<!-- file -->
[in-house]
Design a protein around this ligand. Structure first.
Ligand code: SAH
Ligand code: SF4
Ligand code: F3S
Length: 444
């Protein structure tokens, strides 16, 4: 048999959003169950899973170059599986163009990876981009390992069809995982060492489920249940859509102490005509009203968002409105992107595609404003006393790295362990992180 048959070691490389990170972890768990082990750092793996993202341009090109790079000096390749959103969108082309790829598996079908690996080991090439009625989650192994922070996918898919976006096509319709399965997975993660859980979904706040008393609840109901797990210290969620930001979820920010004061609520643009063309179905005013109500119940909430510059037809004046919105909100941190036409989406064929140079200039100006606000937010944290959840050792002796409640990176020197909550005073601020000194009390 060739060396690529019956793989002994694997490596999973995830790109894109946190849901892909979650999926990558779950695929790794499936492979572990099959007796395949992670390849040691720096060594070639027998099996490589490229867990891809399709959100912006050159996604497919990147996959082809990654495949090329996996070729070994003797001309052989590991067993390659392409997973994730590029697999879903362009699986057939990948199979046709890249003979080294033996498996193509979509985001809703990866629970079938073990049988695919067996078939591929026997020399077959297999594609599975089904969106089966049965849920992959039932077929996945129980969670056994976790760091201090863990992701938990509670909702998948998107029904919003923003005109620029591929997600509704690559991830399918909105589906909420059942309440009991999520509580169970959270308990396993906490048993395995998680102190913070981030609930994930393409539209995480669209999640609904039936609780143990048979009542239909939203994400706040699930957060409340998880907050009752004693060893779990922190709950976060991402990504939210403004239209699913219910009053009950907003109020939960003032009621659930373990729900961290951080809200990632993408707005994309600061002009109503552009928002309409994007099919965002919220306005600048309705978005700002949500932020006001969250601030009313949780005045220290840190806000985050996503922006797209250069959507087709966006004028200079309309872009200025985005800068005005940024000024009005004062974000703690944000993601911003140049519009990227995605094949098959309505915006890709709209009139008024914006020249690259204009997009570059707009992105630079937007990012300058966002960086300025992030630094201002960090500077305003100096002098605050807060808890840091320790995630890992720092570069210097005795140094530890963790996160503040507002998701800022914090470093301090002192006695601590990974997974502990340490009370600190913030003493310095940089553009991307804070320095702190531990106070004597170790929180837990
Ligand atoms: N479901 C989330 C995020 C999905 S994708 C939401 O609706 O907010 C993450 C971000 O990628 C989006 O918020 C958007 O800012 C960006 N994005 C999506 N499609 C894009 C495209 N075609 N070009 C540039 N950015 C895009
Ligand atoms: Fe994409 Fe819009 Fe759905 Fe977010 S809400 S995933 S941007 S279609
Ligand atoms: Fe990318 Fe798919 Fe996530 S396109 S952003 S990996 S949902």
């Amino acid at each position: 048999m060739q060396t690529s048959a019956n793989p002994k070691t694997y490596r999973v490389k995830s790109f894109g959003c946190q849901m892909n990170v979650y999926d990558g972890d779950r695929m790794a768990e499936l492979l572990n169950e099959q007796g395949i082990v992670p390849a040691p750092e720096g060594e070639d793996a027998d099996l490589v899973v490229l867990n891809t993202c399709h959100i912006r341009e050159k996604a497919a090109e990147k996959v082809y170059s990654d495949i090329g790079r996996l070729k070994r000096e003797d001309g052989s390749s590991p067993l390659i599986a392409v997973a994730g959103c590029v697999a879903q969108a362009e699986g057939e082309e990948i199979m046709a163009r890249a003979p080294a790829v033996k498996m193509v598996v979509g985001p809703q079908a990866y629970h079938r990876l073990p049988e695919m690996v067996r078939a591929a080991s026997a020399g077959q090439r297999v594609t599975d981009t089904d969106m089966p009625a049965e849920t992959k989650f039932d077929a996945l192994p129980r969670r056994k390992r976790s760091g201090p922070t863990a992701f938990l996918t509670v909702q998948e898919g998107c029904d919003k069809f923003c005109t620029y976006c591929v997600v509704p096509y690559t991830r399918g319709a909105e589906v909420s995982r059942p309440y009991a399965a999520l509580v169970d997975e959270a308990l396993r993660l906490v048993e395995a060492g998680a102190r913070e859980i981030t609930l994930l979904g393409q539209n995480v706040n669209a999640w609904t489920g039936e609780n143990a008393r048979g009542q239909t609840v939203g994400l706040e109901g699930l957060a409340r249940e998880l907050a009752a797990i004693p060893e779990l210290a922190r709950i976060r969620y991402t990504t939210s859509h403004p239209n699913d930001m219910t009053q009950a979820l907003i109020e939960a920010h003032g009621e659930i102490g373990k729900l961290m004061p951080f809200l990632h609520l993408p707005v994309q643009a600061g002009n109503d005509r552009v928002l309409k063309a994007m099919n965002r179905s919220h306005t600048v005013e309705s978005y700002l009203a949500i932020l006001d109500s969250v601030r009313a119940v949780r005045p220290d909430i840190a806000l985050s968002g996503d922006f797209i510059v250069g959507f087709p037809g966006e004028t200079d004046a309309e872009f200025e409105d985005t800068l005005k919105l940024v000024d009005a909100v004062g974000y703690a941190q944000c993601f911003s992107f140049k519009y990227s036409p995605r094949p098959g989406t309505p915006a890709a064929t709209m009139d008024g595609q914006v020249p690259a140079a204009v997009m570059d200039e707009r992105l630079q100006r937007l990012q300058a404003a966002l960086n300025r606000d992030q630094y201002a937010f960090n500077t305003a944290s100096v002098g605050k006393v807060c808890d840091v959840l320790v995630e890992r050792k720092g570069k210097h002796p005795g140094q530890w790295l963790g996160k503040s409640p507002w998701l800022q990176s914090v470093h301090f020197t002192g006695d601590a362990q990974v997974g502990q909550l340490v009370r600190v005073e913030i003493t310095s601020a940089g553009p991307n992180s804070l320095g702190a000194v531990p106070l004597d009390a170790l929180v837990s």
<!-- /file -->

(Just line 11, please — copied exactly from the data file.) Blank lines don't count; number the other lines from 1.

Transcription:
């Amino acid at each position: 048999m060739q060396t690529s048959a019956n793989p002994k070691t694997y490596r999973v490389k995830s790109f894109g959003c946190q849901m892909n990170v979650y999926d990558g972890d779950r695929m790794a768990e499936l492979l572990n169950e099959q007796g395949i082990v992670p390849a040691p750092e720096g060594e070639d793996a027998d099996l490589v899973v490229l867990n891809t993202c399709h959100i912006r341009e050159k996604a497919a090109e990147k996959v082809y170059s990654d495949i090329g790079r996996l070729k070994r000096e003797d001309g052989s390749s590991p067993l390659i599986a392409v997973a994730g959103c590029v697999a879903q969108a362009e699986g057939e082309e990948i199979m046709a163009r890249a003979p080294a790829v033996k498996m193509v598996v979509g985001p809703q079908a990866y629970h079938r990876l073990p049988e695919m690996v067996r078939a591929a080991s026997a020399g077959q090439r297999v594609t599975d981009t089904d969106m089966p009625a049965e849920t992959k989650f039932d077929a996945l192994p129980r969670r056994k390992r976790s760091g201090p922070t863990a992701f938990l996918t509670v909702q998948e898919g998107c029904d919003k069809f923003c005109t620029y976006c591929v997600v509704p096509y690559t991830r399918g319709a909105e589906v909420s995982r059942p309440y009991a399965a999520l509580v169970d997975e959270a308990l396993r993660l906490v048993e395995a060492g998680a102190r913070e859980i981030t609930l994930l979904g393409q539209n995480v706040n669209a999640w609904t489920g039936e609780n143990a008393r048979g009542q239909t609840v939203g994400l706040e109901g699930l957060a409340r249940e998880l907050a009752a797990i004693p060893e779990l210290a922190r709950i976060r969620y991402t990504t939210s859509h403004p239209n699913d930001m219910t009053q009950a979820l907003i109020e939960a920010h003032g009621e659930i102490g373990k729900l961290m004061p951080f809200l990632h609520l993408p707005v994309q643009a600061g002009n109503d005509r552009v928002l309409k063309a994007m099919n965002r179905s919220h306005t600048v005013e309705s978005y700002l009203a949500i932020l006001d109500s969250v601030r009313a119940v949780r005045p220290d909430i840190a806000l985050s968002g996503d922006f797209i510059v250069g959507f087709p037809g966006e004028t200079d004046a309309e872009f200025e409105d985005t800068l005005k919105l940024v000024d009005a909100v004062g974000y703690a941190q944000c993601f911003s992107f140049k519009y990227s036409p995605r094949p098959g989406t309505p915006a890709a064929t709209m009139d008024g595609q914006v020249p690259a140079a204009v997009m570059d200039e707009r992105l630079q100006r937007l990012q300058a404003a966002l960086n300025r606000d992030q630094y201002a937010f960090n500077t305003a944290s100096v002098g605050k006393v807060c808890d840091v959840l320790v995630e890992r050792k720092g570069k210097h002796p005795g140094q530890w790295l963790g996160k503040s409640p507002w998701l800022q990176s914090v470093h301090f020197t002192g006695d601590a362990q990974v997974g502990q909550l340490v009370r600190v005073e913030i003493t310095s601020a940089g553009p991307n992180s804070l320095g702190a000194v531990p106070l004597d009390a170790l929180v837990s």